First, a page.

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Buy to let landlords under attack


Recent changes in legislation, as part of Government policy to encourage first time buyers and owner – occupier purchases, have focused on the position of buy to let landlords.

As from April 2017 the reduction of tax relief on finance costs to the basic rate of tax will begin to be phased in and this will be fully in place from April 2020. In November guidance was given on the increases in Stamp Duty Land Tax (SDLT) which were first announced a year earlier .The position is as follows:

Higher Rates for Purchases of Additional Residential Properties

The higher rates are 3% above the standard rates of SDLT that apply to purchases of residential property. For example, the SDLT due on the purchase of a buy to let property for £300,000.00 would be calculated as follows:

3% on the first £125,000.00 £3750.00
5% on the next £125,000.00 £6250.00
8% on the final £50,000.00 £4000.00
Total SDLT Due £14,000.00

The higher rates will not apply to purchases of:

(a) non residential or mixed use properties;

(b) transactions where the consideration is less than £40,000.00; and

(c) caravans, houseboats and mobile homes

When Do The Higher Rates of SDLT Apply?

If an individual is purchasing a single dwelling the higher rates of SDLT will apply if conditions (A) to (D) below are met:

(A) the chargeable consideration is £40,000.00 or more (the threshold for other purchases being £125,000);

(B) the dwelling is not subject to a lease which has more than 21 years to run on the date of the purchase;

(C) the purchaser owns a major interest in another dwelling which satisfies conditions (A) and (B); and

(D) the dwelling being purchased is not replacing the purchaser’s own or main dwelling.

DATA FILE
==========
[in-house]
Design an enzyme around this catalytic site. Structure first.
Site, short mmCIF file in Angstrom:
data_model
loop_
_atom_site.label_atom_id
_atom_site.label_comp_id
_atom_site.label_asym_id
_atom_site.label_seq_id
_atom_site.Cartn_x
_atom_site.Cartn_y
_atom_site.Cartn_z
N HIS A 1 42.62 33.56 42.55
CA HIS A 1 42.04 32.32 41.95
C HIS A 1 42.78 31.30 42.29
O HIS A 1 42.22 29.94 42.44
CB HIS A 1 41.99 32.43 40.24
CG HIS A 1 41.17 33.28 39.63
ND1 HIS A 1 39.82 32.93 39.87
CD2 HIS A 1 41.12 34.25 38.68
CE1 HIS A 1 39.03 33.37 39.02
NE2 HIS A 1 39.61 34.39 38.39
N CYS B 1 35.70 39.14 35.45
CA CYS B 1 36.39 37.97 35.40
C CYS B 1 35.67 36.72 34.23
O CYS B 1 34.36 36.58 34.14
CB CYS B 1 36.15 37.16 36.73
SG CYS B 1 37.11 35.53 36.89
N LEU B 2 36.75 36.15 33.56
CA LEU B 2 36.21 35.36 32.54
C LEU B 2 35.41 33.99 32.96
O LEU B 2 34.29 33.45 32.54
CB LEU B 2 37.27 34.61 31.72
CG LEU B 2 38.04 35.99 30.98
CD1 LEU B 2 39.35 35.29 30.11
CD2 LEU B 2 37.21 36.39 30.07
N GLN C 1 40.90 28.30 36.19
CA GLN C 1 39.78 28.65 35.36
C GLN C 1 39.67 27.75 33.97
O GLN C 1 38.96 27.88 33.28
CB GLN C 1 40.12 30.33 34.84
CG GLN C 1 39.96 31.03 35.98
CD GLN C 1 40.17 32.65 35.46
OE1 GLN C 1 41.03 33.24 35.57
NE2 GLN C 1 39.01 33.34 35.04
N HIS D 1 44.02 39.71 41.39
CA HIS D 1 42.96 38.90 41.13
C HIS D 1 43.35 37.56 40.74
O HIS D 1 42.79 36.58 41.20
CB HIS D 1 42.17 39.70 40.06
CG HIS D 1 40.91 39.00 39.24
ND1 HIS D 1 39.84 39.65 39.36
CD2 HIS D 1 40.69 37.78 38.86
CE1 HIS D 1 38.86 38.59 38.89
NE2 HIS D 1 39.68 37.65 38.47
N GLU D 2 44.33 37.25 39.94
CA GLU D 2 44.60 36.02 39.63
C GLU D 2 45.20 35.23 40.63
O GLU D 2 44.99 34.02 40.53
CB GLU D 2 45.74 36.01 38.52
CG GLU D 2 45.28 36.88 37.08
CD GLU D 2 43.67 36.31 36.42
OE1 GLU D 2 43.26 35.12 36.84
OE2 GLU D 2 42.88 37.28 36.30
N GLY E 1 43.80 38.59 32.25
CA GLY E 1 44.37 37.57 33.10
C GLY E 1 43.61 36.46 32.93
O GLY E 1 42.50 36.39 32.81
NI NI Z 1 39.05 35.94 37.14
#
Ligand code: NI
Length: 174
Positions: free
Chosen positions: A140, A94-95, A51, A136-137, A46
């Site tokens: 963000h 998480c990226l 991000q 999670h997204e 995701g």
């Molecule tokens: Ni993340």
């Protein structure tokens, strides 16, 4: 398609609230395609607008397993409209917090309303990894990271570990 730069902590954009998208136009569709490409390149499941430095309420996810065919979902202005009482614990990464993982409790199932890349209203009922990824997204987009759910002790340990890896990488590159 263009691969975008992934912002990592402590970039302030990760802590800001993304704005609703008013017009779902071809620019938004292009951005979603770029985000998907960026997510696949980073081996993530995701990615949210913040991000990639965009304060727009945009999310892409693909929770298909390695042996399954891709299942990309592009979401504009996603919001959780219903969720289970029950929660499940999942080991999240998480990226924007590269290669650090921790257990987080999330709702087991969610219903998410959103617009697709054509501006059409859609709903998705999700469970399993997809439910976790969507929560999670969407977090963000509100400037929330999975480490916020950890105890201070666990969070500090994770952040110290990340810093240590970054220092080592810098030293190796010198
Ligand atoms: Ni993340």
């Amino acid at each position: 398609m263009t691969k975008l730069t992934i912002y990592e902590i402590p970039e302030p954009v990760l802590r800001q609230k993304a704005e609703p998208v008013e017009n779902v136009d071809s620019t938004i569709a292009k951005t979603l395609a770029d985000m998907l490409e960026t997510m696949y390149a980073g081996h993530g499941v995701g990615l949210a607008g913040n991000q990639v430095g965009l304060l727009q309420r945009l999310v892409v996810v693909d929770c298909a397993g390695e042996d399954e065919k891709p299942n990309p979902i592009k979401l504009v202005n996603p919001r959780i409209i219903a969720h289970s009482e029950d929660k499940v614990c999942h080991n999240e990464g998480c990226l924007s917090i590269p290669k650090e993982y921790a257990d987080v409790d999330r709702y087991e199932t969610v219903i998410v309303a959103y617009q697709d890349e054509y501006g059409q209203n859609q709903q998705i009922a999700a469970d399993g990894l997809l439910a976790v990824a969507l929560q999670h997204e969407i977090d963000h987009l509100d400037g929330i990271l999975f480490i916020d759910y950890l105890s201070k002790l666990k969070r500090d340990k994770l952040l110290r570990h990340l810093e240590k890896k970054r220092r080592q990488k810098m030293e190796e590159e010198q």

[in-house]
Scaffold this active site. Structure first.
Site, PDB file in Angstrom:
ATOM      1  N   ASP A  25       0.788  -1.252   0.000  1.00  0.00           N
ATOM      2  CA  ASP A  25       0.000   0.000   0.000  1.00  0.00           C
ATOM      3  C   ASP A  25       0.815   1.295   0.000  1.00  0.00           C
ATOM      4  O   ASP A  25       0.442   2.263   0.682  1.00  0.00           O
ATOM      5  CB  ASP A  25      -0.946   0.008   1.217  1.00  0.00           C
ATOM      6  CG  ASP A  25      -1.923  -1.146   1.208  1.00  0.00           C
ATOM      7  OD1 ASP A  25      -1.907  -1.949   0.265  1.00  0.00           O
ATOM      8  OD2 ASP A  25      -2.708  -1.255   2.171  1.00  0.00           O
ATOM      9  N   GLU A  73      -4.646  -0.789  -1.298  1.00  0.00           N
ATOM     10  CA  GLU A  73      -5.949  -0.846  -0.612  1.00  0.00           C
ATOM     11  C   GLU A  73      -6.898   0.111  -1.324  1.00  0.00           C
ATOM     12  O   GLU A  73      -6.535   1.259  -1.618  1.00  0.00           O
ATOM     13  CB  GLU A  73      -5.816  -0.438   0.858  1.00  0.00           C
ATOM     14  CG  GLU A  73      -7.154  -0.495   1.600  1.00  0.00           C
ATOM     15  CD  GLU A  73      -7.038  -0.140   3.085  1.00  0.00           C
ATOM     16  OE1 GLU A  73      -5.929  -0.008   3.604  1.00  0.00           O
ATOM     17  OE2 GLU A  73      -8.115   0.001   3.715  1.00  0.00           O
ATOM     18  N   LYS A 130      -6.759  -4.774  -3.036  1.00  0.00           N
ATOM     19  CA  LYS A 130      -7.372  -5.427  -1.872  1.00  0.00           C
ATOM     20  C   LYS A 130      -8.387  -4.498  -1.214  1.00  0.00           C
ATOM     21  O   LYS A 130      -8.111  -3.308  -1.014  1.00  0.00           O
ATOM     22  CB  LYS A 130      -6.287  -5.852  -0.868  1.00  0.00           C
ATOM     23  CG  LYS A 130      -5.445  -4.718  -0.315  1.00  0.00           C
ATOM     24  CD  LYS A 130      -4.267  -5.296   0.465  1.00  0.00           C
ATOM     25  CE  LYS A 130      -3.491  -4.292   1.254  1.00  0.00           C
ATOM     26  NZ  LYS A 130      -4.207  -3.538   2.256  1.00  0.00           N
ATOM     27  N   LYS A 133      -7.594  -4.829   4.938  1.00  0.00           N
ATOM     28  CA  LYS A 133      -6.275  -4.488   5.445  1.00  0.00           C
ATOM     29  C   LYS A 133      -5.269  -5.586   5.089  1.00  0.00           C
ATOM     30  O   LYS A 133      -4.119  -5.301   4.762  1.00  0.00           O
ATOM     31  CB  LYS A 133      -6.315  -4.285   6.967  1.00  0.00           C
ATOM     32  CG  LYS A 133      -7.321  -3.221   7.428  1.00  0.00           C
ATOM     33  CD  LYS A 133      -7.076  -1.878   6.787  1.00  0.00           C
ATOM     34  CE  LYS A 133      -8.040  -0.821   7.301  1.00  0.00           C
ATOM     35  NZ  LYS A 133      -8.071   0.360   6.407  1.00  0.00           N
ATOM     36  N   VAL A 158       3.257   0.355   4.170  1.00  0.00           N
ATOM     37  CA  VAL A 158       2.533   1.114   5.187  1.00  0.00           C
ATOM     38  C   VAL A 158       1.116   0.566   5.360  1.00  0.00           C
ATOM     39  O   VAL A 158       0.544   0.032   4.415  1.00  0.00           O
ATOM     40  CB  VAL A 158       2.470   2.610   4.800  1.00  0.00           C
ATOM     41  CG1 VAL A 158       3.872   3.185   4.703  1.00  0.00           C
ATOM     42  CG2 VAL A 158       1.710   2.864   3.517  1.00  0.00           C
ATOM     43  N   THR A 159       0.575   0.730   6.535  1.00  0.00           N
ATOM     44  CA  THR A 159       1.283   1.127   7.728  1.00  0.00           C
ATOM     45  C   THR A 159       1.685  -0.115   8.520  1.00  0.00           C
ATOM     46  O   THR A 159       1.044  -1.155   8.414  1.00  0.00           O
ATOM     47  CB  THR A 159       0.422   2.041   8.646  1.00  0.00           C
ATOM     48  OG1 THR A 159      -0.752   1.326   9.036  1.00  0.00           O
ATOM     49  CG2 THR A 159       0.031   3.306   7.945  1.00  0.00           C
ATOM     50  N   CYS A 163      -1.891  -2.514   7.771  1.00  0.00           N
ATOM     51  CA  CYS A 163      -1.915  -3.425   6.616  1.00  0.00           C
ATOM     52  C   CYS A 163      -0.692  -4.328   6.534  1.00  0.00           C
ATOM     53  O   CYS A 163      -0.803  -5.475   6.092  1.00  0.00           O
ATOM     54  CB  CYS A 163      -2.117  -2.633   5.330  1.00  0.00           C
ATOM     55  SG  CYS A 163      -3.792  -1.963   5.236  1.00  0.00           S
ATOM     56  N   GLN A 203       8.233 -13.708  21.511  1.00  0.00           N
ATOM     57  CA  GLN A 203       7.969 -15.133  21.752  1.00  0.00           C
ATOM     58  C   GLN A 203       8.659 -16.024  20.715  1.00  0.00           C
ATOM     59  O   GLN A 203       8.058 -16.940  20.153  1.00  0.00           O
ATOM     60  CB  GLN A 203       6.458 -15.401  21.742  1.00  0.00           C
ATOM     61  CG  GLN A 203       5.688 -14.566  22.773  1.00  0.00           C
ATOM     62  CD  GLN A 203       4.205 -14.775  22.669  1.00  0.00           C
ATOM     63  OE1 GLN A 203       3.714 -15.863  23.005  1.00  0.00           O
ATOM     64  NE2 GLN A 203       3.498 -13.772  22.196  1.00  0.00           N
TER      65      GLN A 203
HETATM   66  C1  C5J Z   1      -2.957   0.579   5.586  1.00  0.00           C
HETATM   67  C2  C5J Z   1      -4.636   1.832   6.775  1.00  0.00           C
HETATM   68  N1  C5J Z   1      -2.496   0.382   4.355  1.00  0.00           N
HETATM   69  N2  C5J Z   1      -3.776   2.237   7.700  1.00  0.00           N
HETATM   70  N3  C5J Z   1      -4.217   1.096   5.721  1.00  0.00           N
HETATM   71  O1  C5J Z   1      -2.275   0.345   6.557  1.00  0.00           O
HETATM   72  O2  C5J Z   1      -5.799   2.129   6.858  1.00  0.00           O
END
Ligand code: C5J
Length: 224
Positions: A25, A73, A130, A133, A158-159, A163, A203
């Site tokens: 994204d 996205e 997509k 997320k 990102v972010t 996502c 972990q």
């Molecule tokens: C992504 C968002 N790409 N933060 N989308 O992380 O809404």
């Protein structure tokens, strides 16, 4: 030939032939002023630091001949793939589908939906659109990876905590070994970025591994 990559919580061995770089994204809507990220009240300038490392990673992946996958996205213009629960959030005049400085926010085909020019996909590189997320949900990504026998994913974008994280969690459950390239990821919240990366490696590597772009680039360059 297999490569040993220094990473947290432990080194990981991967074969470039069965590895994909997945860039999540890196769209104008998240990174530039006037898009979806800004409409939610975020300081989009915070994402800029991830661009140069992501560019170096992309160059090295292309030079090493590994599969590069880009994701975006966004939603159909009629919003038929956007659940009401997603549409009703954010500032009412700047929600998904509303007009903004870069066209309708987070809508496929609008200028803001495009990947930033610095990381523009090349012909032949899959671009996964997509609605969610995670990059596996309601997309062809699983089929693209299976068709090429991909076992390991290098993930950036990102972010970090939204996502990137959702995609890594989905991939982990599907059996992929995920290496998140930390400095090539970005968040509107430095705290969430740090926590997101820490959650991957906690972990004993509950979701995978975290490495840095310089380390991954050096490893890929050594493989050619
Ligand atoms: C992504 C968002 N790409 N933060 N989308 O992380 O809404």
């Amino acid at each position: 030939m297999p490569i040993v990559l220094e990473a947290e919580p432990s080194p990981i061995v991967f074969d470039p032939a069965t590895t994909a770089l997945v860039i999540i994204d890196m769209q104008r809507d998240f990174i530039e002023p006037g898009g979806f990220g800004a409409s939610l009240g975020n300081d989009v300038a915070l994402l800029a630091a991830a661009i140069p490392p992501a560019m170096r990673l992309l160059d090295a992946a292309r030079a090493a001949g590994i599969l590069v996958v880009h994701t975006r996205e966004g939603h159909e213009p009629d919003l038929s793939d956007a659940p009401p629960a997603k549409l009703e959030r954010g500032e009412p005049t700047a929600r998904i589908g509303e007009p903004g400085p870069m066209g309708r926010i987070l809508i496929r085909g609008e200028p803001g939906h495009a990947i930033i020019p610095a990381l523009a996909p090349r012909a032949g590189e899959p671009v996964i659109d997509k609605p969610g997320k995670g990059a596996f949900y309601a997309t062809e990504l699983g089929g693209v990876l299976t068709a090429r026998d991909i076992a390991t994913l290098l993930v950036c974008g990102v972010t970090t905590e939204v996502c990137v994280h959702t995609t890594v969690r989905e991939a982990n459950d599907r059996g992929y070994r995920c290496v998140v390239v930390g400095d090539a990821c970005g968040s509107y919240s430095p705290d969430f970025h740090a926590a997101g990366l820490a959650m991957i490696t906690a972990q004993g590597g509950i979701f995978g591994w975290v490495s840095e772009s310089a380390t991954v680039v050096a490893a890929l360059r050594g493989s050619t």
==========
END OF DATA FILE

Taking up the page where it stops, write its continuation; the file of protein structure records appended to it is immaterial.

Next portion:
Joint Purchasers

Where an additional property is purchased by joint purchasers the higher rates of SDLT will apply even if conditions (A) to (D) are met by only one of the purchasers.

Please note that when an individual with a spouse or civil partner purchases an interest in a dwelling and their spouse or civil partner is not a joint purchaser, the spouse or civil partner will be treated as a joint purchaser. Therefore, if the spouse or civil partner owns a property and meets conditions (A) to (D) then the higher rates of SDLT will apply even though the spouse or civil partner is not a joint purchaser.

Replacement of a Main Dwelling

If you buy a main dwelling but the sale of your previous main dwelling is delayed then you will pay the higher rates of SDLT. However, if you sell your previous main dwelling within 3 years then you can claim a refund of the additional SDLT from HMRC.

If you own more than two properties and you sell your main dwelling you will not pay the higher rate of SDLT if you purchase a new main dwelling within 3 years of the sale of your previous main dwelling.


The legislation in respect of the higher rates of SDLT is complex and there are many exemptions and intricacies that need to be considered on the facts of each case. If you require any further information please do not hesitate to contact a member of the Property team.